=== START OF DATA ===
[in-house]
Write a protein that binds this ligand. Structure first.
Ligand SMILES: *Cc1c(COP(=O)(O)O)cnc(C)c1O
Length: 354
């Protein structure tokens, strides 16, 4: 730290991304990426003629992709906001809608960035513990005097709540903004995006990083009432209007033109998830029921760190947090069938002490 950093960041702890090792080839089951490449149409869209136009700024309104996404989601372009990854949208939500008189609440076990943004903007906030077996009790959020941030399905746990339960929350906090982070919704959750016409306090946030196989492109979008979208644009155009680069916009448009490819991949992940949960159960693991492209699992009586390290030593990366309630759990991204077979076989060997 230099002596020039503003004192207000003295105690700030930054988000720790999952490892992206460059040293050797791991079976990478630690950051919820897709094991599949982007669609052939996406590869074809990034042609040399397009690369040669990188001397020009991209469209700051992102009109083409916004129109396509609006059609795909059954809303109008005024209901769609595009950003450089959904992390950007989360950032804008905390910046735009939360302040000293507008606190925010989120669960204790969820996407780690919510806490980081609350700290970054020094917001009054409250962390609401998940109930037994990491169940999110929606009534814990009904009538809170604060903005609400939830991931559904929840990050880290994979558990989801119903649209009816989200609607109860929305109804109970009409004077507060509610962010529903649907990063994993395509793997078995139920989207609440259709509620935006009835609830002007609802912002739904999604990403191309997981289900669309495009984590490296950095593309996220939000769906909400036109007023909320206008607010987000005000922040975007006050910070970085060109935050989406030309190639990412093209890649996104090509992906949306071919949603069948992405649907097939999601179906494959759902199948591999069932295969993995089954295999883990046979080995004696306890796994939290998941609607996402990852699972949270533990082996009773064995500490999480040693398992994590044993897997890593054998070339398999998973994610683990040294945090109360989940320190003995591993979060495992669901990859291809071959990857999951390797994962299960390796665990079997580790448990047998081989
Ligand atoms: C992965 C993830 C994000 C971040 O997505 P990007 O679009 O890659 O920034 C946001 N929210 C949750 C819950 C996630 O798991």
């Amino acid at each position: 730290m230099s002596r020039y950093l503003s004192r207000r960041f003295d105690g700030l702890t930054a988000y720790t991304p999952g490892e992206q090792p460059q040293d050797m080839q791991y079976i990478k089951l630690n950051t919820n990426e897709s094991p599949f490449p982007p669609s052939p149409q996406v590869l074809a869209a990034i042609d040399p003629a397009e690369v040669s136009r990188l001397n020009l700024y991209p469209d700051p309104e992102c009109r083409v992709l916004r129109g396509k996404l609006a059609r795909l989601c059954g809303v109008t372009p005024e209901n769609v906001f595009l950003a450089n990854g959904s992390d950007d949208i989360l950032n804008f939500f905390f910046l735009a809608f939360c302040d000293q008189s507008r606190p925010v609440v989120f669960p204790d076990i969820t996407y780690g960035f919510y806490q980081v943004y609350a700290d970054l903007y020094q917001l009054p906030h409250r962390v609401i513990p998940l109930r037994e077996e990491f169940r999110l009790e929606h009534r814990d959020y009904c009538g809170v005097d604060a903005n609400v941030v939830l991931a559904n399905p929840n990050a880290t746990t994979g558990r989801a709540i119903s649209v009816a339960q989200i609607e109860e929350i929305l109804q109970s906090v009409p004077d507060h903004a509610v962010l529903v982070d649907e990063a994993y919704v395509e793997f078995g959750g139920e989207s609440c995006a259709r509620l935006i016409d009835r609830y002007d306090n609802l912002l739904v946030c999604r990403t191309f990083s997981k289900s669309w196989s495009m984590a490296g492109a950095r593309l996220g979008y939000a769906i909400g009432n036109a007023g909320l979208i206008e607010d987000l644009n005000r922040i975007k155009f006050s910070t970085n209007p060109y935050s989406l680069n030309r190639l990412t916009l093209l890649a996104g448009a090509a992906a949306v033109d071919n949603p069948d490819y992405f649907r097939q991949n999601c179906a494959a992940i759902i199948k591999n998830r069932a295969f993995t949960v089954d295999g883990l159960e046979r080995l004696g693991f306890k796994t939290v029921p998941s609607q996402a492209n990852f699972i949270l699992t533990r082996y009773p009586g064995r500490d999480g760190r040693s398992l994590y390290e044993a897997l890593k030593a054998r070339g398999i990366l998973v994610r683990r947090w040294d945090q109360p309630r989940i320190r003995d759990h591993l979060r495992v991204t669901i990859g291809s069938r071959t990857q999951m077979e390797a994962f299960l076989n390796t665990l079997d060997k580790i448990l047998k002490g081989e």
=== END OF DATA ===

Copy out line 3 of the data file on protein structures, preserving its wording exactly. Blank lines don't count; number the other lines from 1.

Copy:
Ligand SMILES: *Cc1c(COP(=O)(O)O)cnc(C)c1O